Genentech, a member of the Roche Group announced detailed results from the Phase III Archway study evaluating its investigational Port Delivery System with ranibizumab (PDS) for the treatment of neovascular or “wet” age-related macular degeneration (nAMD) , a leading cause of blindness in the U.S.
In Archway, 98.4% of PDS patients were able to go six months without needing additional treatment and achieved vision outcomes equivalent to patients receiving monthly ranibizumab eye injections , a current standard of care. In the study, PDS was generally well-tolerated, with a favorable benefit-risk profile.
PDS is a permanent refillable eye implant, approximately the size of a grain of rice, which continuously delivers a customized formulation of ranibizumab over a period of months. PDS is the first nAMD therapy to achieve positive Phase III results for this extended length of time between treatments. These new data will be discussed virtually during the 38th Annual Meeting of the American Society of Retina Specialists (ASRS) on Sunday, July 26, 2020.
Patients in Archway received either PDS refilled every six months with a customized formulation of ranibizumab or monthly ranibizumab 0.5 mg eye injections. Patients in the study had received prior treatment with anti-VEGF therapy and were confirmed anti-VEGF responders. The primary endpoint of the study measured the change from baseline in best-corrected visual acuity (BCVA) averaged over Week 36 and Week 40. In the PDS arm, patients gained an average of 0.2 eye chart letters in visual acuity from baseline, with 98.4% (n=244/248) of patients maintaining the fixed six-month refill schedule within the first refill period.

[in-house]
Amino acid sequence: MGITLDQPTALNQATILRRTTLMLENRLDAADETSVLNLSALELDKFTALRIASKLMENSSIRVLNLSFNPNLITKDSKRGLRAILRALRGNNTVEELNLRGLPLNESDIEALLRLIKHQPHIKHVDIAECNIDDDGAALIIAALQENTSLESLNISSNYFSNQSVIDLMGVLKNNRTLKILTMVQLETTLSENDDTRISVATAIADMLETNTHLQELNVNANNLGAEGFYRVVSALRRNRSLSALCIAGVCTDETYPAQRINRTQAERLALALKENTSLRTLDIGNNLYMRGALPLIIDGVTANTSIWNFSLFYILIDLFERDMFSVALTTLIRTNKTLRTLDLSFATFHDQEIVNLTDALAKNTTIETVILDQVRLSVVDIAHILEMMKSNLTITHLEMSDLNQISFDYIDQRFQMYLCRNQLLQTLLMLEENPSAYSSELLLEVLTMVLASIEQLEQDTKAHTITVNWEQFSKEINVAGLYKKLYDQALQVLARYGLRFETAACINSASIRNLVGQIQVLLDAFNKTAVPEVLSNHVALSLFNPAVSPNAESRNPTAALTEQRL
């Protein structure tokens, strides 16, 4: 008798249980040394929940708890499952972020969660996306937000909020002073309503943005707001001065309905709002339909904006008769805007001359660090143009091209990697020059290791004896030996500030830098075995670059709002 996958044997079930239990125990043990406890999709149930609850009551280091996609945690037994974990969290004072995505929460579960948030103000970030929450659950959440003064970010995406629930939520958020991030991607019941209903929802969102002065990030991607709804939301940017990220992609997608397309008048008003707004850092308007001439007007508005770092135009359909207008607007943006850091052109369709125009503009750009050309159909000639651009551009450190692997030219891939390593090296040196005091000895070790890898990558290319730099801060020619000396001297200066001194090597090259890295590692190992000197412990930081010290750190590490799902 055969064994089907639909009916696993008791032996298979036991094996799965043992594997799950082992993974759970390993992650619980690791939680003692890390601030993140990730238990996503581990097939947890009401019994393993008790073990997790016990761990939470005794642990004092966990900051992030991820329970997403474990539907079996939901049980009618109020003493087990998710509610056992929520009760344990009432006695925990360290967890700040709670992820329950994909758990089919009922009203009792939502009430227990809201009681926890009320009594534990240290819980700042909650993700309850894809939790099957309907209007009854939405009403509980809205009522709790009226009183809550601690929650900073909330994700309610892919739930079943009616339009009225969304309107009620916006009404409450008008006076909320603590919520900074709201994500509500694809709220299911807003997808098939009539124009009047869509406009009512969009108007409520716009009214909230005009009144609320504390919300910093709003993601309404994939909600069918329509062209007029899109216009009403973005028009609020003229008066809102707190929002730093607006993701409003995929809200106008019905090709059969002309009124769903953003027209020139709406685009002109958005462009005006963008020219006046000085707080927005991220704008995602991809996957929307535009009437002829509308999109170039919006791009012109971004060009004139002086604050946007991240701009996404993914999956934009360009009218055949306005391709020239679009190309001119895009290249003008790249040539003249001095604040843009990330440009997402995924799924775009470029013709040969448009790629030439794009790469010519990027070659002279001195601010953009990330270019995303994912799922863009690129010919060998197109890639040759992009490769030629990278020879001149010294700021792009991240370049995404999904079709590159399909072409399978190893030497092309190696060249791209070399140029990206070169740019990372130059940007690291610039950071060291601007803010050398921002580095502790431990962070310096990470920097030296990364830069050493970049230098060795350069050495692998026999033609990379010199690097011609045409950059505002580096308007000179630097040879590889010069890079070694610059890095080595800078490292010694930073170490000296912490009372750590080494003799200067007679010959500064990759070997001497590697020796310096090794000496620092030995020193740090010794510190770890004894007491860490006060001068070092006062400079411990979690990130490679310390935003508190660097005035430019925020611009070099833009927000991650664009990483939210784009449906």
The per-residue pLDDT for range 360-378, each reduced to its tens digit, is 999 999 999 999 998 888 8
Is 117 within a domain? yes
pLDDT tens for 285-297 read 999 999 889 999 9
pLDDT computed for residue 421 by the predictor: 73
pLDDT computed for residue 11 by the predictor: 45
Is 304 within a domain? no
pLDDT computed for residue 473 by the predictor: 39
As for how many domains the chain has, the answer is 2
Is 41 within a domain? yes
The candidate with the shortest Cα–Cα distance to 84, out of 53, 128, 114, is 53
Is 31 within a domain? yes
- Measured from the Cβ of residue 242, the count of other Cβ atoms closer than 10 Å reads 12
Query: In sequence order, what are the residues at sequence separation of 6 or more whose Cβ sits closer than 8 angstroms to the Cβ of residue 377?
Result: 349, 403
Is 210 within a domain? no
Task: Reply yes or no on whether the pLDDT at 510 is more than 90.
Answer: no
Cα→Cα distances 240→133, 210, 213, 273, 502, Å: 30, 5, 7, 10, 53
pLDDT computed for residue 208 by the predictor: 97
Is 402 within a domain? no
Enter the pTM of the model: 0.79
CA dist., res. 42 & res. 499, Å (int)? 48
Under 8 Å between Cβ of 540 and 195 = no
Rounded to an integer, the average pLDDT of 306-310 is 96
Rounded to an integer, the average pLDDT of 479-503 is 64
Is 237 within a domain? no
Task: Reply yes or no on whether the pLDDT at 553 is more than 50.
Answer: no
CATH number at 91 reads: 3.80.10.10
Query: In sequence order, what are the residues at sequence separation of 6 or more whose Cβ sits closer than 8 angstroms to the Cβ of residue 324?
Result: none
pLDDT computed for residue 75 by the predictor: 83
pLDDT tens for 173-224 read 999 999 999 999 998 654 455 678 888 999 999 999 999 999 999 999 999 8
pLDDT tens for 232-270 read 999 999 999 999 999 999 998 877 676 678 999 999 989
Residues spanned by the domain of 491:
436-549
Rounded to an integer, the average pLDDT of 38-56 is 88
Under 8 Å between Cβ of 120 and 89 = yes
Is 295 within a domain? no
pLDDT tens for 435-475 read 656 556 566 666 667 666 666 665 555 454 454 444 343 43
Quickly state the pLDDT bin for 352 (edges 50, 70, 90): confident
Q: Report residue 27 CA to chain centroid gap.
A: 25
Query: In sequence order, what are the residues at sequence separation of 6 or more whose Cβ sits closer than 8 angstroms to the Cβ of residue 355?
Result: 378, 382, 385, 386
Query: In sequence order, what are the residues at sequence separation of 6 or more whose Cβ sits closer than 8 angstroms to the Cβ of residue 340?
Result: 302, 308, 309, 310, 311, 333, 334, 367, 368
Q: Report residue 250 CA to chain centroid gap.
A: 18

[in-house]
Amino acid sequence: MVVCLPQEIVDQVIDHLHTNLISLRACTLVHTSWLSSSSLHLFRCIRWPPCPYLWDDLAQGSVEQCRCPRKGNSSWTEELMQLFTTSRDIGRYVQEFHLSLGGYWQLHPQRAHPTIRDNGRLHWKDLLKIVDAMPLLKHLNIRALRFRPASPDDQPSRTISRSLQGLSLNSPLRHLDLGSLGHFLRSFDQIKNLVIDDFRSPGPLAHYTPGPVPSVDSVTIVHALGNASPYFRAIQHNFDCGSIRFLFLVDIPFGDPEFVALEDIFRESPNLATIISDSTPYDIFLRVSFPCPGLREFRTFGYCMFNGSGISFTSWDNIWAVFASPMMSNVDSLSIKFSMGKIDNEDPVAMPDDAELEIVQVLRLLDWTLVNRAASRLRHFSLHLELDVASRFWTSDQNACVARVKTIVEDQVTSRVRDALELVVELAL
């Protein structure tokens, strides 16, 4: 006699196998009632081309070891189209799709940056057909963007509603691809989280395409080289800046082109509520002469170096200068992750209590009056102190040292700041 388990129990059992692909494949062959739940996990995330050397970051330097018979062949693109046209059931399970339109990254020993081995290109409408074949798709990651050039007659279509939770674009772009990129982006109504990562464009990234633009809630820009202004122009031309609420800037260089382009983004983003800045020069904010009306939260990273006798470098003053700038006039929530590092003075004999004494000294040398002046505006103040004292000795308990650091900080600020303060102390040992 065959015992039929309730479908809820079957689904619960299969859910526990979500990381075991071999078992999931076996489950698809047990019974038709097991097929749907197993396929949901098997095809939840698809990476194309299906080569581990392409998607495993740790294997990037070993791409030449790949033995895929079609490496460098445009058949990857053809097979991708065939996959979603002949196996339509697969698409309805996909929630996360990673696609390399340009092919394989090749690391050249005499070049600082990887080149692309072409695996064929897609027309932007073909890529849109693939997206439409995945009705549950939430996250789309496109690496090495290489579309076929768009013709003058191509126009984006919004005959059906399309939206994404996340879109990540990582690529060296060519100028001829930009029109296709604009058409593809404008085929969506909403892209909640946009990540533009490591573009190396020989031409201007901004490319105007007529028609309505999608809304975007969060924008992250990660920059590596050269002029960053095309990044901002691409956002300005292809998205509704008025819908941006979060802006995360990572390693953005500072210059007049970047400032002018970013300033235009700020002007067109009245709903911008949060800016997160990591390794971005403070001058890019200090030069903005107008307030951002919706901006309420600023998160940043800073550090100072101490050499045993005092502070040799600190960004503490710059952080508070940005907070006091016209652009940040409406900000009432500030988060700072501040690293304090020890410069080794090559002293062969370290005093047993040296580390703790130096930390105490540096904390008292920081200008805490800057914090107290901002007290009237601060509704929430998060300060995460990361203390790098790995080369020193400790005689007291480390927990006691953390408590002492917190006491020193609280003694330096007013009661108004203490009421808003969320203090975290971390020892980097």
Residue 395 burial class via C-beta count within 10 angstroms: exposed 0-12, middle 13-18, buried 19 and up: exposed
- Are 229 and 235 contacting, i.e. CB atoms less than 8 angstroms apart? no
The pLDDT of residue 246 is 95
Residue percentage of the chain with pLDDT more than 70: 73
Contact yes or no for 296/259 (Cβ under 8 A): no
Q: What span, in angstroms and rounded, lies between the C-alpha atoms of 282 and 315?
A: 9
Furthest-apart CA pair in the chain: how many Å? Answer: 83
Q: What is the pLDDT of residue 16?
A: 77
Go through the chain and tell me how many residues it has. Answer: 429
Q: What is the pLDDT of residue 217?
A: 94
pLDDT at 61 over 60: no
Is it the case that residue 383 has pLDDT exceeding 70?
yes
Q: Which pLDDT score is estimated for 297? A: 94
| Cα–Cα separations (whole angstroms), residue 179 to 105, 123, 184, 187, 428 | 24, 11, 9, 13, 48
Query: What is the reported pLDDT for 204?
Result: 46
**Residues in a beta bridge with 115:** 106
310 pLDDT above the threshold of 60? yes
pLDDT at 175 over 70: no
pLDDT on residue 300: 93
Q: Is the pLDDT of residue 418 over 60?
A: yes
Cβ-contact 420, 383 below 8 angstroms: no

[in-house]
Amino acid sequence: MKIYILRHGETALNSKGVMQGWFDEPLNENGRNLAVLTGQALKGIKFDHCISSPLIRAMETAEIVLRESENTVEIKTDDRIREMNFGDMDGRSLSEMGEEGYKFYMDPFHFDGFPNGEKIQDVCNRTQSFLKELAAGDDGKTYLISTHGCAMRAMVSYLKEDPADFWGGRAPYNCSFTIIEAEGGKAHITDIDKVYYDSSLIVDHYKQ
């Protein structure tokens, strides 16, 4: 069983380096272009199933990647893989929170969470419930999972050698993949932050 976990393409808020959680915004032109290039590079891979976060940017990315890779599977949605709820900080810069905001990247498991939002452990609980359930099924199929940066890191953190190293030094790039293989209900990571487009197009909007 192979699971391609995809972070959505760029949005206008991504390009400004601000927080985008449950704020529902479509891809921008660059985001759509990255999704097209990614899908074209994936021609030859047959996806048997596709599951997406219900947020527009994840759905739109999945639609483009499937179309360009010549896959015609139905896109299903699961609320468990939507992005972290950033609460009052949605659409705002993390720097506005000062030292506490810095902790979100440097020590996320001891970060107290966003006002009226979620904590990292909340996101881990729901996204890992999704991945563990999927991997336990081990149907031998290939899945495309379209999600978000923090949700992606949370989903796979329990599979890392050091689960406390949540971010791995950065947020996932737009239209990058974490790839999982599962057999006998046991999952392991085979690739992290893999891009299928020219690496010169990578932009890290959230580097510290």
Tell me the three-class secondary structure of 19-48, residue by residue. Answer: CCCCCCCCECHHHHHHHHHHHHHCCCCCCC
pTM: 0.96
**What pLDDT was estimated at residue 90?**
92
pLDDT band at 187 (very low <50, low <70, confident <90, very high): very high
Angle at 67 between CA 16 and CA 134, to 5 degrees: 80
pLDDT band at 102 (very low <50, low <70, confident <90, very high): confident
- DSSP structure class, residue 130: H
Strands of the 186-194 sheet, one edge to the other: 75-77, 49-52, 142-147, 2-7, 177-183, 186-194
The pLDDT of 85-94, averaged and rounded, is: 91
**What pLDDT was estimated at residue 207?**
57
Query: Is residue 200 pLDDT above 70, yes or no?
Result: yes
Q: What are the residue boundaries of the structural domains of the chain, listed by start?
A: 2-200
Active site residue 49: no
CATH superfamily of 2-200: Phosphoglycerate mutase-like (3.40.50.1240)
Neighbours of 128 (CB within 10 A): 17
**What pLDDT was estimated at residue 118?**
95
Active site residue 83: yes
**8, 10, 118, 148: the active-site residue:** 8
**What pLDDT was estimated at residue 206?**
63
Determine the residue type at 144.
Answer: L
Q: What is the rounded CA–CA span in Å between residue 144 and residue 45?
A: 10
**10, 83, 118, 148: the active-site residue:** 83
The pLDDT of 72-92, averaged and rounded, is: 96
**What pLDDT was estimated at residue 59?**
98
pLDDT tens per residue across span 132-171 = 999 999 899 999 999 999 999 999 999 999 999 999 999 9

Patients treated monthly with ranibizumab injections gained an average of 0.5 letters in visual acuity from baseline. According to pre-specified study criteria, PDS was shown to be non-inferior and equivalent to monthly ranibizumab injections. In addition, PDS controlled retinal thickness as effectively as monthly ranibizumab, with patients in both arms achieving a mean change in center point thickness within 10 ?m from baseline.
Safety data from the study support a favorable benefit-risk profile for PDS. The PDS implant insertion surgery and refill-exchange procedures were generally well-tolerated by patients and the systemic safety of PDS was comparable to monthly ranibizumab injections.
In addition to Archway, the Portal long-term extension study is investigating the long-term safety and tolerability of PDS for the treatment of nAMD. PDS is also being studied in the Phase III Pagoda trial for the treatment of diabetic macular edema, a vision-threatening complication of diabetes. The Pagoda trial is actively recruiting patients. Results from the Archway study will be submitted to health authorities around the world, including the FDA and the European Medicines Agency (EMA), for consideration of regulatory approval for the treatment of nAMD.